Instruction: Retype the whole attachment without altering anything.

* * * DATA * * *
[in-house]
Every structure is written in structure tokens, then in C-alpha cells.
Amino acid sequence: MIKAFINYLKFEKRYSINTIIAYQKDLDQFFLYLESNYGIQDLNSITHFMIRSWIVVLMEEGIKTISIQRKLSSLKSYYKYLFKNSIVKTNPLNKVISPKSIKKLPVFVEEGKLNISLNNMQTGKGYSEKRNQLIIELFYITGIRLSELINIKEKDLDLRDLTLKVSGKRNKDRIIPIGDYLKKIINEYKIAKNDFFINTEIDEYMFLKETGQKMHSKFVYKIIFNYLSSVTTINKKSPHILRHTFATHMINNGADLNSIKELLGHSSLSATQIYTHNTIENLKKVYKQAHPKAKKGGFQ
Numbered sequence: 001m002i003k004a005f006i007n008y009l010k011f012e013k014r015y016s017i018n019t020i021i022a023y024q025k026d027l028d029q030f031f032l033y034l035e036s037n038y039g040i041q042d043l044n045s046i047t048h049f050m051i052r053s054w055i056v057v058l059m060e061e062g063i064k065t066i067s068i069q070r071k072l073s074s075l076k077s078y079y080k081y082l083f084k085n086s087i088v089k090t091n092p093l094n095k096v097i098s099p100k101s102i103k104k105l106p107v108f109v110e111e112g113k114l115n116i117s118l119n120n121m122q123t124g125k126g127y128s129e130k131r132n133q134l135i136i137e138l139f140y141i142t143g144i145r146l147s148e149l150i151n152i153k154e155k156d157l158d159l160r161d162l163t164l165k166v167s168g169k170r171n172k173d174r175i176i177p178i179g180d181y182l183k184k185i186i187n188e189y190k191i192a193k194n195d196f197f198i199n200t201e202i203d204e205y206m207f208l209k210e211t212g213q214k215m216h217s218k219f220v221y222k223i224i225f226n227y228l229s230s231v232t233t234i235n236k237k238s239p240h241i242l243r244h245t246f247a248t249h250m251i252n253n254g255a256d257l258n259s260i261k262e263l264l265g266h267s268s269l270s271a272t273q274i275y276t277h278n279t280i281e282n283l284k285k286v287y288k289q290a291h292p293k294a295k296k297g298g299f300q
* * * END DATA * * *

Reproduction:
[in-house]
Every structure is written in structure tokens, then in C-alpha cells.
Amino acid sequence: MIKAFINYLKFEKRYSINTIIAYQKDLDQFFLYLESNYGIQDLNSITHFMIRSWIVVLMEEGIKTISIQRKLSSLKSYYKYLFKNSIVKTNPLNKVISPKSIKKLPVFVEEGKLNISLNNMQTGKGYSEKRNQLIIELFYITGIRLSELINIKEKDLDLRDLTLKVSGKRNKDRIIPIGDYLKKIINEYKIAKNDFFINTEIDEYMFLKETGQKMHSKFVYKIIFNYLSSVTTINKKSPHILRHTFATHMINNGADLNSIKELLGHSSLSATQIYTHNTIENLKKVYKQAHPKAKKGGFQ
Numbered sequence: 001m002i003k004a005f006i007n008y009l010k011f012e013k014r015y016s017i018n019t020i021i022a023y024q025k026d027l028d029q030f031f032l033y034l035e036s037n038y039g040i041q042d043l044n045s046i047t048h049f050m051i052r053s054w055i056v057v058l059m060e061e062g063i064k065t066i067s068i069q070r071k072l073s074s075l076k077s078y079y080k081y082l083f084k085n086s087i088v089k090t091n092p093l094n095k096v097i098s099p100k101s102i103k104k105l106p107v108f109v110e111e112g113k114l115n116i117s118l119n120n121m122q123t124g125k126g127y128s129e130k131r132n133q134l135i136i137e138l139f140y141i142t143g144i145r146l147s148e149l150i151n152i153k154e155k156d157l158d159l160r161d162l163t164l165k166v167s168g169k170r171n172k173d174r175i176i177p178i179g180d181y182l183k184k185i186i187n188e189y190k191i192a193k194n195d196f197f198i199n200t201e202i203d204e205y206m207f208l209k210e211t212g213q214k215m216h217s218k219f220v221y222k223i224i225f226n227y228l229s230s231v232t233t234i235n236k237k238s239p240h241i242l243r244h245t246f247a248t249h250m251i252n253n254g255a256d257l258n259s260i261k262e263l264l265g266h267s268s269l270s271a272t273q274i275y276t277h278n279t280i281e282n283l284k285k286v287y288k289q290a291h292p293k294a295k296k297g298g299f300q